When in Rome…

Over the Chinese New Year’s holiday I managed to start and (almost) finish a project I have been brooding over for months: a Cobweb antenna. Lightweight, small, multi-band, no tuning needed, in one-word “ideal.” There was a very interesting thread over at QRZ.com about building one and I read all the other literature I could find on the subject. I finally settled for the alternative design by G3TXQ using single wire dipoles which would be easier to tune, but required a balun for impedance transformation.

I’m still on a very tight budget, so the antenna had to be build on the cheap. That means thinking outside the box and starting with taking a good look around you. Fishing rods are expensive here. The cheapest I could find were almost 400 NT dollars per piece. But hey, we’re in Asia: bamboo is cheap, but it is also strong and lightweight. So I spend 200 NT dollars (5 euro’s or 7.50 USD) on bamboo instead of 2000 NT on fishing rods. Aluminium is hard to get in Taiwan, because people find it too soft. Stainless steel is widely used, so the local iron monger cut me two pieces for a little less than 200 NT dollars. U-bolts were also cheap at the local hardware store. Twin lead costed me 400 NT dollars for 50 meters and after two days of work it all looked like this….

The G3TXQ version requires a 1:4 balun to bring up the impedance to 50 ohms, as square folded dipoles have an impedance of 12 ohms (which every one knows, right?). The ferrite of choice is the Amidon FT140-61, but ferrite is not easy to get in Taiwan. Over in Taipei there is a little shop called RF-Parts, run by Mr. Dong, so I went to see what he got. He only had the FT-114-61, so that would mean two stacked together and that twice. Suddenly the Cobweb started to get expensive, because when I left Mr. Dong my wallet was NT$720 lighter. Add another 160 NT dollars for two meters of RG316 coax and the cost of the balun gets close to NT$1000, That’s almost more than the rest of the materials for the antenna together! But the final result looks like this….

After Chinese New Year we had two days of mild weather. Great for pruning the antenna on the balcony. Centimeter by centimeter I started cutting the wires until I had the SWR 1:1 on the frequency I wanted. The five dipoles influence each other, so it was going back and forth from 20 to 10 meters, measuring and cutting. The balcony was full of little pieces of wire afterwards, which refused to be swept up, so they were picked up by hand. But after two days the job was finally done and I could start enjoying my new creation.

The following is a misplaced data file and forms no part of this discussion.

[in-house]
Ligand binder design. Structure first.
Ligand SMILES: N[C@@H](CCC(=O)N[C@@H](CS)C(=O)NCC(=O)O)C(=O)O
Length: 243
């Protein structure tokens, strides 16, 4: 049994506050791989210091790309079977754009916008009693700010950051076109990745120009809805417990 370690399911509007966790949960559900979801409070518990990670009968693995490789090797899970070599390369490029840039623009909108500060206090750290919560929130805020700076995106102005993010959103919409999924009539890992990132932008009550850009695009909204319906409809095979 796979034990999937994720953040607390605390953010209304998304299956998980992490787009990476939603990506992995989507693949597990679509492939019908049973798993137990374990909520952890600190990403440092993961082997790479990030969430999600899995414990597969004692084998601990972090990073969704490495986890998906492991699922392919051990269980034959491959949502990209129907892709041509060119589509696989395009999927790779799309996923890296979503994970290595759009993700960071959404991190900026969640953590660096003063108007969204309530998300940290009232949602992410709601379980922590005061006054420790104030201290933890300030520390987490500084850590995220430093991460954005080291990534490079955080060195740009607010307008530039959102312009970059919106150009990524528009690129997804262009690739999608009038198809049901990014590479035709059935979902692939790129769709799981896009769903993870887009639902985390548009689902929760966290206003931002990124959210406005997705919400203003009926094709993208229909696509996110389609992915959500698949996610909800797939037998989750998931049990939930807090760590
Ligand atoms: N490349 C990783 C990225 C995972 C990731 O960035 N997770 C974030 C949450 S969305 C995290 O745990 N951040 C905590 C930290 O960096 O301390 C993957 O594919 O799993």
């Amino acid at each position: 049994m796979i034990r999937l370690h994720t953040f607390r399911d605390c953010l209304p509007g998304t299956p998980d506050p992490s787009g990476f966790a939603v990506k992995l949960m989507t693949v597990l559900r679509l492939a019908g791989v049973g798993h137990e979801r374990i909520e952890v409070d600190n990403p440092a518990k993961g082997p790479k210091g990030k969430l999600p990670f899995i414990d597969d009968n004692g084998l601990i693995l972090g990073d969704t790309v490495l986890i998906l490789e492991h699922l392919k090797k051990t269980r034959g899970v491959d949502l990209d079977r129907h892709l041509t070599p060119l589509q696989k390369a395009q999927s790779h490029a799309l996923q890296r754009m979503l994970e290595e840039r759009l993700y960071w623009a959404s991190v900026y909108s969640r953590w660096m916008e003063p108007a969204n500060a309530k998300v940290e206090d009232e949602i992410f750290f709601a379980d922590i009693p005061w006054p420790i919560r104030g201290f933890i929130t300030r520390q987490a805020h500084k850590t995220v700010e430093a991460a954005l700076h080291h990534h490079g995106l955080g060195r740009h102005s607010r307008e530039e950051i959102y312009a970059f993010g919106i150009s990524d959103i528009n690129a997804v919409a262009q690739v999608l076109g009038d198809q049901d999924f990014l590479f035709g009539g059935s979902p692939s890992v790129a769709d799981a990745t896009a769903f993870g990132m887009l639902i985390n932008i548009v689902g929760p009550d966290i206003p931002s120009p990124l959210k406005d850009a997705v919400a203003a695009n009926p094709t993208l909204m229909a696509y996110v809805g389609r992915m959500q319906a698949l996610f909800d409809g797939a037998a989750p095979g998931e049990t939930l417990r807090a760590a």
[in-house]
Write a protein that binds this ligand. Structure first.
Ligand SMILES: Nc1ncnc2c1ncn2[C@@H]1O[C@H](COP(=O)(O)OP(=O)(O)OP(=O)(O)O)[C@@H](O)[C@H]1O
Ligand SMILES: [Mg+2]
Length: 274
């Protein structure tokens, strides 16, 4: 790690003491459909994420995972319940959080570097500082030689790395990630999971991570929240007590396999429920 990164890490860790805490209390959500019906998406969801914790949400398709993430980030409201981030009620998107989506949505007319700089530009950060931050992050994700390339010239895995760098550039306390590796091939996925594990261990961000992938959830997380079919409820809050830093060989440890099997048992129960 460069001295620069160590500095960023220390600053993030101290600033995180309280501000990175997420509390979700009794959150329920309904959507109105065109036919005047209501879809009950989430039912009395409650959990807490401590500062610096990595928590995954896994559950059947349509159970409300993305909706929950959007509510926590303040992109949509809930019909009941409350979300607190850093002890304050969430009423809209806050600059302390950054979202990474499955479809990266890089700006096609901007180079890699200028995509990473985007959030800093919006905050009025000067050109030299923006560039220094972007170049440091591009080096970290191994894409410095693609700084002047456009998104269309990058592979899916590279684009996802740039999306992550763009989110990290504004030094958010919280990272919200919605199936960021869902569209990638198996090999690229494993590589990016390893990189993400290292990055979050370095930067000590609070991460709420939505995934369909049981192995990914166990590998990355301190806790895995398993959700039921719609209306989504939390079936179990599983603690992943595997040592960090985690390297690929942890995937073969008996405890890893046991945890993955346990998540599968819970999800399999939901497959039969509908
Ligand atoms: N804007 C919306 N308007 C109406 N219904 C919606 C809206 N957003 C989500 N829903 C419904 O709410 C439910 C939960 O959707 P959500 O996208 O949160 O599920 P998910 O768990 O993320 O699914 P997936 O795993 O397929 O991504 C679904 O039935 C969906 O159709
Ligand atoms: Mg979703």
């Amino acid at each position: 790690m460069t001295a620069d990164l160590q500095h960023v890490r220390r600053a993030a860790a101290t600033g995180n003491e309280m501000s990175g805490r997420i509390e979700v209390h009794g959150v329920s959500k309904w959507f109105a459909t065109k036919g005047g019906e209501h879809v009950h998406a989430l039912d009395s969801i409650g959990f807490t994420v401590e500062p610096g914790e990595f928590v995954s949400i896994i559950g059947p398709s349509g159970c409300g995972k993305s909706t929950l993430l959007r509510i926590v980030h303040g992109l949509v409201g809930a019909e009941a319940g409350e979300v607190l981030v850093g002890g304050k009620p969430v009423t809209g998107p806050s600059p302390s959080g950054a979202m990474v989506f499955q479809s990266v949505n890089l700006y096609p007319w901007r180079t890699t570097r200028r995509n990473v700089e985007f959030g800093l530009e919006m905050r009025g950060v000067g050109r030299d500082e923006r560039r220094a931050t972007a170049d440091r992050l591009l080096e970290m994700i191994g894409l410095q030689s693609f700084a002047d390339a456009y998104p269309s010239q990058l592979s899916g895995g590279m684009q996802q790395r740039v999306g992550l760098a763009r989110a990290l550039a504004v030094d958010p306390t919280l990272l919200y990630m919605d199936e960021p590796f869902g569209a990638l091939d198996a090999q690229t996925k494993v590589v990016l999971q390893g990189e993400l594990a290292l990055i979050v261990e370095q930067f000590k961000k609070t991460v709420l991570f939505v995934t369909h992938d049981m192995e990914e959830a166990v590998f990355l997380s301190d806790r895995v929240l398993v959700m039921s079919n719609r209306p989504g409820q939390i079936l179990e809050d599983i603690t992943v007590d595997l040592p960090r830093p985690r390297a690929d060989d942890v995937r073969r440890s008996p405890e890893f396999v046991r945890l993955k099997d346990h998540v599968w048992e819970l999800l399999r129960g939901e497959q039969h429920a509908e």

NOT! Where are those sun spots when you need them? The bands were pretty empty and my first QSO was with 4W0VB in East Timor on 30 meters, at night. I know, that is not one of the band the Cobweb covers, but the TS-440S build-in tuner did it’s job well. And then it started to rain and I started to cry. Because the rain caused my carefully tuned 1:1 SWR to wander off two to 300 kHz below the resonant frequency that I tuned it for. Again, the TS-440S tuner could manage that, but why? Why does a little bit of rain de-tune my new baby? I don’t want to use a tuner. That’s not why I build the Cobweb.

I did manage to work some nice stations during the last week though: C31HA twice, 4W0VB twice more, XW3DT, PY6HD, CX3TQ and N7DR who mailed me to say I need to be patient, because conditions are indeed pretty lousy. I put up the CB whip to compare signal quality and indeed the Cobweb is quieter than a vertical. Signals are also a bit weaker, but only by one or two S-points.

So, am I happy now? No, because after the rain the wind started to play games. Longtan is not Port Martin, but it comes close. Winds howling all day long and gusts that make you and the house shiver. Longtan is situated on a plateau about 300 meters ASL and the area is known for wind and moisture. The Cobweb is light and strong, but the wires on my version were sweeping and swaying so much that SWR was not stable for a second. And the sectioned fiber glass pole that the Cobweb is mounted on was turning too much and the coax curled around it.

I need to start thinking about a sturdier construction. I saw some springs in a hardware store and I’m thinking about using them to keep the dipoles tight. That is the easy part, but I also need to figure out why moisture is influencing the SWR so much. Could it be the bamboo? Or is it the heavy reinforcement in the house?

I’ll keep the antenna up for another couple of days and then put the 10 meter vertical back up again. I miss roaming the upper bands at night and I want to keep my CW streak going. But a fun project it was and I learned a lot from it. And that’s what it’s all about, not?

Hans "Fong" van den Boogert, BX2ABT, is a regular contributor to AmateurRadio.com and writes from Taiwan. Contact him at [email protected].

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